Q: How do we read and perceive digital content compared to printed texts?
The human eye and brain do not suddenly behave completely differently when confronted with a new medium. But they do adapt.
They are drawn to things that stand out - like faces - and to things that move or flash, just as they do when walking down the street or in commercials and ads.
But there are important things to keep in mind:
Since the "page" can be any length, you need to make sure people's eyes keep moving down. For example, by showing only the top half of an image so they have to scroll down to see the other half.
This is exactly what you should do in printed text - even though many people don't realize it; you should end a page or column in the middle of a sentence so people keep reading.
It's just like a TV show or novel, where you end an episode or chapter right when something interesting is about to happen.
One main difference with the medium is that people are impatient online. If you don't give them something interesting within two or three seconds, you lose them.
Q: What should be the messages of digital marketing? What are the proven tactics and techniques for crafting those messages?
The same as in all media.
Provide a clear, concise and credible benefit. Show very quickly that you can solve a problem that people care about.
Don't talk about yourself. No one cares about that. Talk about the prospect and how you can help them better than your competitors.
Make an offer for something free that requires people to provide their email address.
Keep sending helpful information until they buy - or tell you to stop. Never give up.
The first sale from people on my list comes after an average of 344 days.
Q: Can you point out the three basic rules for online copywriting? What should the writing style be on social media?
Use text emails to new prospects as they seem more personal. After they sign up for your offer, HTML works well.
"Use simple words that everyone knows and everyone will understand" - Churchill.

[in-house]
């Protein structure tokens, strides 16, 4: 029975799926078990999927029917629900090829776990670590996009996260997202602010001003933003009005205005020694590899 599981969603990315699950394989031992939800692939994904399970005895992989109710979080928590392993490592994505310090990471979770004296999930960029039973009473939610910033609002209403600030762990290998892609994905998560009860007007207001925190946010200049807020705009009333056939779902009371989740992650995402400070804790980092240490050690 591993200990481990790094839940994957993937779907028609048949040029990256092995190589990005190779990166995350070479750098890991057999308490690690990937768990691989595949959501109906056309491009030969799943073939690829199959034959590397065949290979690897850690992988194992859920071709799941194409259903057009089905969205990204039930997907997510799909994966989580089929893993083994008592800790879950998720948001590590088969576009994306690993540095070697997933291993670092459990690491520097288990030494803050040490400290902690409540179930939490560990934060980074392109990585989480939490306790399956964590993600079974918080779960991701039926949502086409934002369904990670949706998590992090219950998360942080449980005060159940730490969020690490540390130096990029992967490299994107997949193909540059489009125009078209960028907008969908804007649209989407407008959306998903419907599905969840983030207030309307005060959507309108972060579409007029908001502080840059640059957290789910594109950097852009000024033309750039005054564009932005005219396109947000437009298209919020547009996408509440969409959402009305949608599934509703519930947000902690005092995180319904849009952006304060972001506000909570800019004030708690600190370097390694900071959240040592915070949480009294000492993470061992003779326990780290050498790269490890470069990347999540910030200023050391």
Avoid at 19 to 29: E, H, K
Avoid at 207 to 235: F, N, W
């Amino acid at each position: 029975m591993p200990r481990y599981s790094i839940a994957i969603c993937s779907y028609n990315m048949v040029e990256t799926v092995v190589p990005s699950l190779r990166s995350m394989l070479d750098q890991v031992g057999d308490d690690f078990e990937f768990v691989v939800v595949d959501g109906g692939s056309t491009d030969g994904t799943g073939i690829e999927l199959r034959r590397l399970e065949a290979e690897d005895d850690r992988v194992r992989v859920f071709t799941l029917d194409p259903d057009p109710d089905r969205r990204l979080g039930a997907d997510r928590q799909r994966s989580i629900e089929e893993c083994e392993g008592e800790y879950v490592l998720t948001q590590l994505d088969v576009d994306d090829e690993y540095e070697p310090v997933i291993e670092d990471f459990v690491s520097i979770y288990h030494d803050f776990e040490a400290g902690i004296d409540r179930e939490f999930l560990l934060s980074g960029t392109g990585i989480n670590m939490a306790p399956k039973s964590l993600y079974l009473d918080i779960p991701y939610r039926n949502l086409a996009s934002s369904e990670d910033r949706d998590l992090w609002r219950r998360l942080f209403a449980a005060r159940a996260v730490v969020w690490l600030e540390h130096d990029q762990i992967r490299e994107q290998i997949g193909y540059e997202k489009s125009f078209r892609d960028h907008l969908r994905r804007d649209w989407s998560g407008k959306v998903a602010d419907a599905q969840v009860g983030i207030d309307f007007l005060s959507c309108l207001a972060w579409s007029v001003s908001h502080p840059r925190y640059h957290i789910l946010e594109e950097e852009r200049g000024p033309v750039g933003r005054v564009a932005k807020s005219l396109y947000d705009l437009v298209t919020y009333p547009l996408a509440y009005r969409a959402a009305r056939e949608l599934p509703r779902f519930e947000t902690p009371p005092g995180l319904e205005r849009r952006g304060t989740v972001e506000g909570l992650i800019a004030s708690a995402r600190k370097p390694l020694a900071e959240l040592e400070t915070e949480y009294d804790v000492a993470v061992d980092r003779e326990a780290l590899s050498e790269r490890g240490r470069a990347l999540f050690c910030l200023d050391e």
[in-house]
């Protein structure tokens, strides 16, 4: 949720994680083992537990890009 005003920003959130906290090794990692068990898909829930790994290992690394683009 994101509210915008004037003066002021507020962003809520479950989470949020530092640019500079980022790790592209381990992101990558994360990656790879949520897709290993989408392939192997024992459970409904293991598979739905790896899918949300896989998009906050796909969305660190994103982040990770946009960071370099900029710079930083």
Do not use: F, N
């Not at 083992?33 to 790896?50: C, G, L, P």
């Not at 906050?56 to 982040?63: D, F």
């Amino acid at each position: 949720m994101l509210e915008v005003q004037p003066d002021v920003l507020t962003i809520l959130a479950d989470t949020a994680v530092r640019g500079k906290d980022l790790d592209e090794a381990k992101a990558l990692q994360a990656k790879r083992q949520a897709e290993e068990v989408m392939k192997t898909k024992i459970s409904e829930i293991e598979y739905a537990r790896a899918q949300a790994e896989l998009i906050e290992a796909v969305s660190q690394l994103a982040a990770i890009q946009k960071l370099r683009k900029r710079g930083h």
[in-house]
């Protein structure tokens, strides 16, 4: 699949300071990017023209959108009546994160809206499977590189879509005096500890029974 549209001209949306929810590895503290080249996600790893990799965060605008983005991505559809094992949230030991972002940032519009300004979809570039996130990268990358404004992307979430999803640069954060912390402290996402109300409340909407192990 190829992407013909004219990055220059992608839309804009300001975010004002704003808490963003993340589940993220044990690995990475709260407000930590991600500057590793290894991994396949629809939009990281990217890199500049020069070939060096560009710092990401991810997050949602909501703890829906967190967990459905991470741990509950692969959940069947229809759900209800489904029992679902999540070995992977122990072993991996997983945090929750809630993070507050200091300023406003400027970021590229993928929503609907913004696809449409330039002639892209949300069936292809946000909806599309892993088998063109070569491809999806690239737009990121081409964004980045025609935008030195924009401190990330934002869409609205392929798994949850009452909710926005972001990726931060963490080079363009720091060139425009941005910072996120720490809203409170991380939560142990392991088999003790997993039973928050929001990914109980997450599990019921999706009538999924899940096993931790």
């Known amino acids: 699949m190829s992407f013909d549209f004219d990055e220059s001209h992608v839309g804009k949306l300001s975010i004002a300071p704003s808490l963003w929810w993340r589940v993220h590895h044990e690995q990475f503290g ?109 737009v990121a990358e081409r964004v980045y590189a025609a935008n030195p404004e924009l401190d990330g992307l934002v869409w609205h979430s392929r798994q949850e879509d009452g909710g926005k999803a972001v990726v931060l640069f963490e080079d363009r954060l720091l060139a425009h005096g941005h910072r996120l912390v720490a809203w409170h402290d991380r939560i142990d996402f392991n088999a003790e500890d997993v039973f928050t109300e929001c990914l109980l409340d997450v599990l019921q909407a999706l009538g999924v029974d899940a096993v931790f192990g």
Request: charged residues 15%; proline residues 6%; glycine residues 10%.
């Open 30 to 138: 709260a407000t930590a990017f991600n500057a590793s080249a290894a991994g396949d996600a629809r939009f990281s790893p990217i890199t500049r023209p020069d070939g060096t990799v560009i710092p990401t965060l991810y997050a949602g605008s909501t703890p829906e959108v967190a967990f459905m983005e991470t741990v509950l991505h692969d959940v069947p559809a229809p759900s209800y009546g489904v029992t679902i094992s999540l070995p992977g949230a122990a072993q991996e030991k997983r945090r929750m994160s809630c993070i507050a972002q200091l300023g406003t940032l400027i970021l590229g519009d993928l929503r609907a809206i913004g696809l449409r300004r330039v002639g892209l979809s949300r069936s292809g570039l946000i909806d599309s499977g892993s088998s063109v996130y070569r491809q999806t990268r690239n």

Write as if you were talking to someone at home, in the office, or in a bar. Don't use fancy business language. Everyone hates it.
Use subject lines that arouse curiosity, surprise, suggest a benefit, and make people want to read on.
If possible, they should make people smile.
Last year, I started a whole new business with a single line:
"Grab a fit young bird on the cheap".
People wondered what a fit young bird was (usually meaning an attractive girl). They liked the idea of something being cheap.
I actually introduced a service of my young copywriters. Now we have a constant flow of work
Q: What is the right balance between text and visuals (images, graphics, video... ) in digital marketing?
There is no right balance. It depends on what you want to sell. People love images; and if you are selling fashion, they are more important than words; but usually the text makes the actual sale.
Long text works better than short, but generally not in your email, which should send people to a long landing page.
Don't use posed or library images; they look wrong.
Q: What techniques attract the most attention in digital marketing? What are the magic words that hold attention? What would draw people to our site and get them to read all the content?
Videos that need to be informal, not official looking or expensive.
Videos where a hand draws a cartoon are especially effective.
The same words work in this area as in all others. Emotional and auspicious words, such as:
Love, hate, mother, fear, scare, win, now, new, finally - and so on.